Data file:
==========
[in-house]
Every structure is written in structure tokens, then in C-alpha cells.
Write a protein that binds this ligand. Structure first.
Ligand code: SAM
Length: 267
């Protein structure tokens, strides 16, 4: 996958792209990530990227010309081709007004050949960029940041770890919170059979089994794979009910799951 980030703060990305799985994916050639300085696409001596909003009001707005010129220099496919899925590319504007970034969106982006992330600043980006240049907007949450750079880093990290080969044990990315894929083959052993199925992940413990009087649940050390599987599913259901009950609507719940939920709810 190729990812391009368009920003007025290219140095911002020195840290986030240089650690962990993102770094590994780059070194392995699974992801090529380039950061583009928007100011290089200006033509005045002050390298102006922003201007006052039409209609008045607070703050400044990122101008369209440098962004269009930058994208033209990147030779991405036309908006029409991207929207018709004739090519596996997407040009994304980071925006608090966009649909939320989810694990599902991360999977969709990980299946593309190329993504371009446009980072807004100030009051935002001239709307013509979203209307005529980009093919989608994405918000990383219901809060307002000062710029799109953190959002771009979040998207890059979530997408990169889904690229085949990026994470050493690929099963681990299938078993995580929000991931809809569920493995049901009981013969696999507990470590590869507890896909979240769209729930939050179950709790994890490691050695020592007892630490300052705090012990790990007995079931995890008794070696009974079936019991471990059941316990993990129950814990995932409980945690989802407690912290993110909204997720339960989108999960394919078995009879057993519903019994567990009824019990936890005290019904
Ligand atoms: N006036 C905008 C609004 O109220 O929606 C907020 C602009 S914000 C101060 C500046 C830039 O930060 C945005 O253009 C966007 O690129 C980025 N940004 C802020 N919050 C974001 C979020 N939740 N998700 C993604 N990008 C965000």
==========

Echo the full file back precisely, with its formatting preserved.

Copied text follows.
[in-house]
Every structure is written in structure tokens, then in C-alpha cells.
Write a protein that binds this ligand. Structure first.
Ligand code: SAM
Length: 267
């Protein structure tokens, strides 16, 4: 996958792209990530990227010309081709007004050949960029940041770890919170059979089994794979009910799951 980030703060990305799985994916050639300085696409001596909003009001707005010129220099496919899925590319504007970034969106982006992330600043980006240049907007949450750079880093990290080969044990990315894929083959052993199925992940413990009087649940050390599987599913259901009950609507719940939920709810 190729990812391009368009920003007025290219140095911002020195840290986030240089650690962990993102770094590994780059070194392995699974992801090529380039950061583009928007100011290089200006033509005045002050390298102006922003201007006052039409209609008045607070703050400044990122101008369209440098962004269009930058994208033209990147030779991405036309908006029409991207929207018709004739090519596996997407040009994304980071925006608090966009649909939320989810694990599902991360999977969709990980299946593309190329993504371009446009980072807004100030009051935002001239709307013509979203209307005529980009093919989608994405918000990383219901809060307002000062710029799109953190959002771009979040998207890059979530997408990169889904690229085949990026994470050493690929099963681990299938078993995580929000991931809809569920493995049901009981013969696999507990470590590869507890896909979240769209729930939050179950709790994890490691050695020592007892630490300052705090012990790990007995079931995890008794070696009974079936019991471990059941316990993990129950814990995932409980945690989802407690912290993110909204997720339960989108999960394919078995009879057993519903019994567990009824019990936890005290019904
Ligand atoms: N006036 C905008 C609004 O109220 O929606 C907020 C602009 S914000 C101060 C500046 C830039 O930060 C945005 O253009 C966007 O690129 C980025 N940004 C802020 N919050 C974001 C979020 N939740 N998700 C993604 N990008 C965000």